Today's education news: Magnet schools, assault at school, Liberia's president at a school and more
SUPERVISION BREAKDOWN: A Walker Middle male student is sexually assaulted at school by four boys who had been bullying him for months.
SINE DIE: Florida lawmakers finish the 2009-10 budget. (Times photo, Scott Keeler)
SO LONG, FAREWELL: Alumni gather to reminisce about Kennedy Middle, which closes in the fall.
A SPECIAL VISIT: Liberian President Ellen Johnson Sirleaf speaks at Berkeley Prep.
LABOR NEWS: Pinellas teachers reach tentative contract agreement that includes regular monthly planning days. • Lake teachers end a year of bargaining without raises, the Orlando Sentinel reports. • Leon drops 161 annual contract teachers, the Tallahassee Democrat reports.
THERE HE GOES AGAIN: Hernando superintendent Wayne Alexander becomes a finalist for another job back east, not too long after pledging to complete his contract here.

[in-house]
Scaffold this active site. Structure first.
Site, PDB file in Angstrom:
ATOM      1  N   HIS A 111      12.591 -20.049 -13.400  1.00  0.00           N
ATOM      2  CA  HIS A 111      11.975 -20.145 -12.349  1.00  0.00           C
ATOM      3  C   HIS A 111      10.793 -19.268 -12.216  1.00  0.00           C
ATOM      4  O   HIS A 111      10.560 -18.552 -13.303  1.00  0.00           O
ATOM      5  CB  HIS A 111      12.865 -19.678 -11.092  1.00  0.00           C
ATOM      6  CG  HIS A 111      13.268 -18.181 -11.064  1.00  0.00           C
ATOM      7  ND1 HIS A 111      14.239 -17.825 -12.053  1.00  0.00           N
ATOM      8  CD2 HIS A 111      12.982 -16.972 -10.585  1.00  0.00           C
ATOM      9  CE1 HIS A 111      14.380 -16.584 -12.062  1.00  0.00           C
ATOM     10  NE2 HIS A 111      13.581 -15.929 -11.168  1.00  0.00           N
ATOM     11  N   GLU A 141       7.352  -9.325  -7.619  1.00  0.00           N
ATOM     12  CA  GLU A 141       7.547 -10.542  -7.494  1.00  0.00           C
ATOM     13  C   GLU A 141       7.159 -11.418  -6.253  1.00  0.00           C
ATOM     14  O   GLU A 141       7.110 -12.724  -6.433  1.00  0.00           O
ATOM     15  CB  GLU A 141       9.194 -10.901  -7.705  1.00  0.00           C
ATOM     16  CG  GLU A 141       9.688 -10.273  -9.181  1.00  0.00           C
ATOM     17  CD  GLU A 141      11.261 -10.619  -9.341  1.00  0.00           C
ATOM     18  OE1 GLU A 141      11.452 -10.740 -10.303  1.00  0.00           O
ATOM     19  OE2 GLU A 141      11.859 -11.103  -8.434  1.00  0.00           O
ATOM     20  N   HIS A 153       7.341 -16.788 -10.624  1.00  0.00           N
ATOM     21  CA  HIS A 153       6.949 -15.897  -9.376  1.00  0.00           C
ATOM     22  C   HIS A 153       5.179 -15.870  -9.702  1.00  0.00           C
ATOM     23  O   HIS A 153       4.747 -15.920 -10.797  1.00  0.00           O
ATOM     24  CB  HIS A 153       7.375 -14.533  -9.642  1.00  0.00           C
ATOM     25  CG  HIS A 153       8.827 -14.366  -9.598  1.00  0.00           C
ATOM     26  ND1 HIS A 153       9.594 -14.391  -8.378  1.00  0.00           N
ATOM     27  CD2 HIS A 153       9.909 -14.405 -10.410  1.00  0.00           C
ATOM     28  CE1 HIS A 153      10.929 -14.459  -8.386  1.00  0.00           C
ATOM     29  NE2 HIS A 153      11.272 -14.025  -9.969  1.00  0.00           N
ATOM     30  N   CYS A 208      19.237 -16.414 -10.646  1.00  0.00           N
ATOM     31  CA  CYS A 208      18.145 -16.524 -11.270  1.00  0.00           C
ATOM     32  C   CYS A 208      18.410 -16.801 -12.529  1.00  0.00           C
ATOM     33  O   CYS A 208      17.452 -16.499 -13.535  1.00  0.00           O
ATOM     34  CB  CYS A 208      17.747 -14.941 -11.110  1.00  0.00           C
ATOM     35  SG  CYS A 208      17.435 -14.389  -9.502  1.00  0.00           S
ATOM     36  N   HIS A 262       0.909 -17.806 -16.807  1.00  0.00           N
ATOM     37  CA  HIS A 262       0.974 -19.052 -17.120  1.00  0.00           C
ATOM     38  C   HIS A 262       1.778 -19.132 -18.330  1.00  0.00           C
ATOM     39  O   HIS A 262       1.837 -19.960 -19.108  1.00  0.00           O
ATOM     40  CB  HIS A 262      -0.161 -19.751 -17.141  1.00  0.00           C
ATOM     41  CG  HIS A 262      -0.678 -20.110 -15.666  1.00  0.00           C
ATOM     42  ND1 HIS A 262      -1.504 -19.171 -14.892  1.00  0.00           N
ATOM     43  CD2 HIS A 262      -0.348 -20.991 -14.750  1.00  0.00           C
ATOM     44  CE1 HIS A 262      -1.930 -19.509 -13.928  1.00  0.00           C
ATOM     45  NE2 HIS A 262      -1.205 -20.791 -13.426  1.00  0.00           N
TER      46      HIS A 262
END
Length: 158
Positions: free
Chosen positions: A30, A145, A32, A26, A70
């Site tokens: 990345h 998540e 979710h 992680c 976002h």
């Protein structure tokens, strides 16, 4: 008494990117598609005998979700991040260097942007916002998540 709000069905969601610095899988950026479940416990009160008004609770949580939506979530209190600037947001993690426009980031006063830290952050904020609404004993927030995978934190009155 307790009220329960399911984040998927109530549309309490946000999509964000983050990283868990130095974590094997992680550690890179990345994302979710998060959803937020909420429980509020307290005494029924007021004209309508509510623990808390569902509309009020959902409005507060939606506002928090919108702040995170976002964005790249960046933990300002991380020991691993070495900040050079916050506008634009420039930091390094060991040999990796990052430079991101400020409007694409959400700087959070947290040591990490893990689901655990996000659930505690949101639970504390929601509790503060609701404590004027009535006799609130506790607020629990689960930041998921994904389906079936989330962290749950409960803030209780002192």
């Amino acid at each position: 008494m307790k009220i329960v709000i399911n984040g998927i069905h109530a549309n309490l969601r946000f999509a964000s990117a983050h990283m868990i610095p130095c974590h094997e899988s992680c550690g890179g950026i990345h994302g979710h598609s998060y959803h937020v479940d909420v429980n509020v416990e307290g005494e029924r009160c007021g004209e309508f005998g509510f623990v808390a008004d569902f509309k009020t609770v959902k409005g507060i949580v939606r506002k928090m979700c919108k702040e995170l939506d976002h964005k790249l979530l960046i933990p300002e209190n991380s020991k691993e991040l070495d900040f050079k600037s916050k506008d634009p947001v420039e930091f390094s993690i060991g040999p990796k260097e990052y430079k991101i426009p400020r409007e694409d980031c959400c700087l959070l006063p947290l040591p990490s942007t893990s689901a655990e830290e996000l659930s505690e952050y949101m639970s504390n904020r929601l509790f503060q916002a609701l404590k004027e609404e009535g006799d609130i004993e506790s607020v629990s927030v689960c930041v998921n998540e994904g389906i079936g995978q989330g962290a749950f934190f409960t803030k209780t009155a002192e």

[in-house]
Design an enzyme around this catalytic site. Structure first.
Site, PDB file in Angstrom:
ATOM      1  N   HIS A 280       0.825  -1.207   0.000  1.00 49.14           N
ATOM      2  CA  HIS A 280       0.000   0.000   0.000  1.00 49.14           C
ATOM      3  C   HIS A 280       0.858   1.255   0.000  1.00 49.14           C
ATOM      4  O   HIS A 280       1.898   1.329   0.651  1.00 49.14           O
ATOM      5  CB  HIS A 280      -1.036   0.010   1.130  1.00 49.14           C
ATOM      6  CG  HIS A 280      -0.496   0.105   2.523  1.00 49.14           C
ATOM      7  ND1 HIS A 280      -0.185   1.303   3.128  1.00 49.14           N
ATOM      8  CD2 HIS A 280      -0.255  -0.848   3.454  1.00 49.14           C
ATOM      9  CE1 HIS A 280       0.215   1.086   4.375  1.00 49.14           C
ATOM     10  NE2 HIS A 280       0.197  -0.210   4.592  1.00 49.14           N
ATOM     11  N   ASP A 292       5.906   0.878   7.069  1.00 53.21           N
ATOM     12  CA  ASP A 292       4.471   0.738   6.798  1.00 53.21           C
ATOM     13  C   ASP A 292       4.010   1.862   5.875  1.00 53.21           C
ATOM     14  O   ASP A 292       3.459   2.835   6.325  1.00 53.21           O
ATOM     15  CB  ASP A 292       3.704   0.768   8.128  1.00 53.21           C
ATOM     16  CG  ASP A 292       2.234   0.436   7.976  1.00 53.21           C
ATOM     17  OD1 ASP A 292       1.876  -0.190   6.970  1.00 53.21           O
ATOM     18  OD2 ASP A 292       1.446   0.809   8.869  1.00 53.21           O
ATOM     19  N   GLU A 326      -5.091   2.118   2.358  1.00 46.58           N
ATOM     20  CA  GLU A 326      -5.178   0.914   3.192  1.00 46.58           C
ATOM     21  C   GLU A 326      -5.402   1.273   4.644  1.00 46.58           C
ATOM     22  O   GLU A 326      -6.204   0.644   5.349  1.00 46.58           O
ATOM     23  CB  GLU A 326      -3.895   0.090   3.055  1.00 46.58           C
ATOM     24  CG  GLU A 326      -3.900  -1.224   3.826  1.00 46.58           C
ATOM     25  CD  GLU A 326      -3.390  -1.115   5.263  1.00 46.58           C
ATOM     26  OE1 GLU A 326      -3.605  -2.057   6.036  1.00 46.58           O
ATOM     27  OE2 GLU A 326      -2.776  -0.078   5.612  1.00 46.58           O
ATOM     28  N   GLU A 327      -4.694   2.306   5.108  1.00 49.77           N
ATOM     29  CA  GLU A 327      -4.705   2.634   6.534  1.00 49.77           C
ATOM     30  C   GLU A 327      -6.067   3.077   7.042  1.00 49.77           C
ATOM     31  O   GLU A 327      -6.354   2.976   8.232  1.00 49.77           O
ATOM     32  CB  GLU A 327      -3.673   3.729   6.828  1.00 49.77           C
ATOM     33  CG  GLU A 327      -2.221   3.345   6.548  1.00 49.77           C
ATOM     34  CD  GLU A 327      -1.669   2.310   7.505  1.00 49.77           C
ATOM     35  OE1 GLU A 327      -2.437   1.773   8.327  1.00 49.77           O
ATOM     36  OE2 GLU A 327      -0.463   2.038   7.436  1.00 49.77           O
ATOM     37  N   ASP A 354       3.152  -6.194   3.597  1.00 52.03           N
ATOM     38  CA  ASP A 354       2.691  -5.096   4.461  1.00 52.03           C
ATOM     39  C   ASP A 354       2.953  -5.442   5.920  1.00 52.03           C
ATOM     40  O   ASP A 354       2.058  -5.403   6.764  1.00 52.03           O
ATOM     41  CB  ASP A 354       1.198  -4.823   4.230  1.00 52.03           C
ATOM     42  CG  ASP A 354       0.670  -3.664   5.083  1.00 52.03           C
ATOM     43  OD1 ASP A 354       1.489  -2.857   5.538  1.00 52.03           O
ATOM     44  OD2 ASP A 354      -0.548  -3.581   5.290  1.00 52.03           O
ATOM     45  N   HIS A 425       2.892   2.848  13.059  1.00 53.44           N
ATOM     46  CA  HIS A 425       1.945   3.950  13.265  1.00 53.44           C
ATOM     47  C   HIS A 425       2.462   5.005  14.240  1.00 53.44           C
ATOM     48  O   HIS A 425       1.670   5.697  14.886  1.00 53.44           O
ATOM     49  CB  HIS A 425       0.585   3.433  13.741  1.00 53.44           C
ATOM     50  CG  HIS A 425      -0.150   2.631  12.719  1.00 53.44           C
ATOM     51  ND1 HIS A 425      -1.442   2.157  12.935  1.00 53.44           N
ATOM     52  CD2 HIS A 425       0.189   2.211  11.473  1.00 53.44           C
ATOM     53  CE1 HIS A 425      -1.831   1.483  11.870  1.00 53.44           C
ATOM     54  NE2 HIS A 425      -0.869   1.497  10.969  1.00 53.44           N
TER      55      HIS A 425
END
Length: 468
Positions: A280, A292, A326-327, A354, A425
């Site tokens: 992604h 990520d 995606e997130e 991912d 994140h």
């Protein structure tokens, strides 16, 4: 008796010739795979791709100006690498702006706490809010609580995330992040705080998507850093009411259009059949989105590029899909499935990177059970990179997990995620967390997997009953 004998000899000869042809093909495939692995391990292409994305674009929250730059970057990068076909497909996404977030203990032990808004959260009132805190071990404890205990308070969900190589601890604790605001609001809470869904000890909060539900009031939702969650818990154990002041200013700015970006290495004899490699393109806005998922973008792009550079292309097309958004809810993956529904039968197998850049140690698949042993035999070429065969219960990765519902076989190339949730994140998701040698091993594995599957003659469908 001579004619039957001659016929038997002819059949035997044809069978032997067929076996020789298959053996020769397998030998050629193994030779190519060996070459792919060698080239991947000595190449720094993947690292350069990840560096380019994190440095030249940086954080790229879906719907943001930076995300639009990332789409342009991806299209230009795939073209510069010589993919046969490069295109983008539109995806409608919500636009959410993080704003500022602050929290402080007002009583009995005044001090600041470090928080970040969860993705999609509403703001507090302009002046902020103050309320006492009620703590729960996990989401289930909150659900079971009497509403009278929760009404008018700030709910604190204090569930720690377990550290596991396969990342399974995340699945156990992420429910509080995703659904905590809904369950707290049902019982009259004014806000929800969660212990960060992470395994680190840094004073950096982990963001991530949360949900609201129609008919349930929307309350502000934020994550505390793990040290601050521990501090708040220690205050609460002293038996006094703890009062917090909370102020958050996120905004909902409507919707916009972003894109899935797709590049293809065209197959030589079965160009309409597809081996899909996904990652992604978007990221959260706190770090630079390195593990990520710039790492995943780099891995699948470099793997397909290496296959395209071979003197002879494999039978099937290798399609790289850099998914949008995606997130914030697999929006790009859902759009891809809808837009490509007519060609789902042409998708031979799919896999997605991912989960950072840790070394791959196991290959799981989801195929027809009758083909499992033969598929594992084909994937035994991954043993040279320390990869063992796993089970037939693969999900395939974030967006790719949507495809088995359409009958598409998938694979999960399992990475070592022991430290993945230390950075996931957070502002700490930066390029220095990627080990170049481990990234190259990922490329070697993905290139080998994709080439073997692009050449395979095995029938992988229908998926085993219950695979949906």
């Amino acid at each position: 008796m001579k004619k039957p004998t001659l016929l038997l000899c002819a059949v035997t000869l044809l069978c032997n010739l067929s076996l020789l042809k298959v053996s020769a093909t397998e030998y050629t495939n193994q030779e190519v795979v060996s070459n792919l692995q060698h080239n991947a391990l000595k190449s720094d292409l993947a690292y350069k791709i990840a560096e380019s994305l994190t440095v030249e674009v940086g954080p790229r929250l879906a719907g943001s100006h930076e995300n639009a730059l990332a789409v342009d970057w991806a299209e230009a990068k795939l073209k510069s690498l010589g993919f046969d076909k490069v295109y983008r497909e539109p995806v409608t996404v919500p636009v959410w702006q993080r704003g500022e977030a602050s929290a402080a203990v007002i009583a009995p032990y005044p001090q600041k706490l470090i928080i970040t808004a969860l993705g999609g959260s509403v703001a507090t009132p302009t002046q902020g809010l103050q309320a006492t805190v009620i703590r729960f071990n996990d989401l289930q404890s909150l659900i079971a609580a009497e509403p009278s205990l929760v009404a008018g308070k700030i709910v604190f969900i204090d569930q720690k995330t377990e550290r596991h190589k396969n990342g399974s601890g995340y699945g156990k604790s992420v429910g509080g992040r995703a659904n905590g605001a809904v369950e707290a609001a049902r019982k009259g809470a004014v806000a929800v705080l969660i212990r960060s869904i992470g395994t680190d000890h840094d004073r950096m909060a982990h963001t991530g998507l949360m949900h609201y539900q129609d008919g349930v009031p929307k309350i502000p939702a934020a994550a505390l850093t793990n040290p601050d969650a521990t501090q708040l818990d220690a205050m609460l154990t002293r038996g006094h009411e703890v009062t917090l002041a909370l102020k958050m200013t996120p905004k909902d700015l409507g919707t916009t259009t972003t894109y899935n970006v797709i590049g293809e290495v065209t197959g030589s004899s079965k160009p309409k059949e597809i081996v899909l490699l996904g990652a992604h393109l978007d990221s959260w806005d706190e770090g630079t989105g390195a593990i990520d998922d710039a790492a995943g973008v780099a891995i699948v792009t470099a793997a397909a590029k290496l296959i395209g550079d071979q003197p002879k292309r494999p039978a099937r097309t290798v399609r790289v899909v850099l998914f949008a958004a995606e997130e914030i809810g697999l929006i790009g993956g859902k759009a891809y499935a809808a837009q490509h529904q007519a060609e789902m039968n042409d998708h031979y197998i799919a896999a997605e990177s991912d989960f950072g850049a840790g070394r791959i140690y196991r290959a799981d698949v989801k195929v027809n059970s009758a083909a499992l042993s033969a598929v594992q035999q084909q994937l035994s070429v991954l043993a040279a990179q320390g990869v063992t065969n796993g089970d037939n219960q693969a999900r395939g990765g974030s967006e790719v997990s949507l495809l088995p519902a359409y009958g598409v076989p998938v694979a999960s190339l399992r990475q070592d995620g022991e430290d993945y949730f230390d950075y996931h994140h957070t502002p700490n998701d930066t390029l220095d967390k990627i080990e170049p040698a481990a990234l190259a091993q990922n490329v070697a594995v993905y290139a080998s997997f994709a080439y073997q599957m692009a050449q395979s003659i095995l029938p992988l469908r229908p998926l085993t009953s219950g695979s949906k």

PRAYER BAN AFFIRMED: A federal judge signs off on an agreement prohibiting Santa Rosa schools from promoting personal religious beliefs at school, the Pensacola News-Journal reports.
BAD TEACHER: A Palm Beach middle school band teacher is arrested for luring female students to his classroom for sex, the Palm Beach Post reports.
OUR KIDS ARE NOT PAWNS: Florida politicians need to put education first, the Santa Rosa Press-Gazette editorializes.
MIX THEM UP? Two Duval magnet schools grapple with the issue of whether to put magnet and neighborhood students in the same classrooms, the Florida Times-Union reports.
SPARING THE ARTS: Lee won't be cutting its music and arts programs as much as expected thanks to a better state budget than projected, the Fort Myers News-Press reports.
SAVE YOUR DIMES AND NICKELS: Some Indiantown fourth-graders get lessons in how to be thrifty, the Stuart News reports.
CLOSING DOWN: An alternative charter high school in Manatee will shut because of low enrollment, the Herald-Tribune reports.
Visit the Gradebook at noon for a look back at the legislative session with House Prek-12 Policy chairman John Legg.